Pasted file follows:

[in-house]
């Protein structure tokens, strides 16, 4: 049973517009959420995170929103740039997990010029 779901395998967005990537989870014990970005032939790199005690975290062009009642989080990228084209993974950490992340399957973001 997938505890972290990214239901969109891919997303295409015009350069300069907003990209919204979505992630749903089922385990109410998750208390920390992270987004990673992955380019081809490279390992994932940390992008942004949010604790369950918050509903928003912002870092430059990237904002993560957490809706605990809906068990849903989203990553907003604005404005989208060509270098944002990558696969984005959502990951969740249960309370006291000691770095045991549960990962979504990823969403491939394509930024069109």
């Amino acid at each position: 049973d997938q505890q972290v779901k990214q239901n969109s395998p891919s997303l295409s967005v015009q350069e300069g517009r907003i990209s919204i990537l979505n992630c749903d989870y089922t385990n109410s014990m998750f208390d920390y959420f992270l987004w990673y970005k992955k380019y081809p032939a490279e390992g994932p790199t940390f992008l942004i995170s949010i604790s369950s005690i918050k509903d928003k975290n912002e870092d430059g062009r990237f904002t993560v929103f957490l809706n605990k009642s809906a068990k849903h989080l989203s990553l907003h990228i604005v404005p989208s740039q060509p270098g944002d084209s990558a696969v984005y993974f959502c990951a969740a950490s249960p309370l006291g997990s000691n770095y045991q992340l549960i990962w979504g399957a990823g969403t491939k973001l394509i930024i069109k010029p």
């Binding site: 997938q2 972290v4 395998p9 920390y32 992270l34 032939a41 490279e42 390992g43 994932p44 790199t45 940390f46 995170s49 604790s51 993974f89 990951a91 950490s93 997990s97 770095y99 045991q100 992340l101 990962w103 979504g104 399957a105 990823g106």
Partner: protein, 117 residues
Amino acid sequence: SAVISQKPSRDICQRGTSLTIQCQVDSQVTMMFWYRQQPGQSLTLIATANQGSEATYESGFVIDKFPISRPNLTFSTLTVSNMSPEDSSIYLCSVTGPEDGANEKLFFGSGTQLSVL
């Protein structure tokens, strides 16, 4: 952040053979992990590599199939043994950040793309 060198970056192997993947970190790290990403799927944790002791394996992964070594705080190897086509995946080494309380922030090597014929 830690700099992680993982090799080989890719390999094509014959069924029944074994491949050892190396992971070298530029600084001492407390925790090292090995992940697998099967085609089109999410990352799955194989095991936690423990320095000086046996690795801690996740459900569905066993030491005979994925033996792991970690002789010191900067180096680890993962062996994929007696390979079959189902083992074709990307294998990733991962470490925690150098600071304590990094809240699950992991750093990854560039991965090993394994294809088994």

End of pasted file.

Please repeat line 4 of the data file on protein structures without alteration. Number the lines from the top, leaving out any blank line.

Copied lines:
């Binding site: 997938q2 972290v4 395998p9 920390y32 992270l34 032939a41 490279e42 390992g43 994932p44 790199t45 940390f46 995170s49 604790s51 993974f89 990951a91 950490s93 997990s97 770095y99 045991q100 992340l101 990962w103 979504g104 399957a105 990823g106």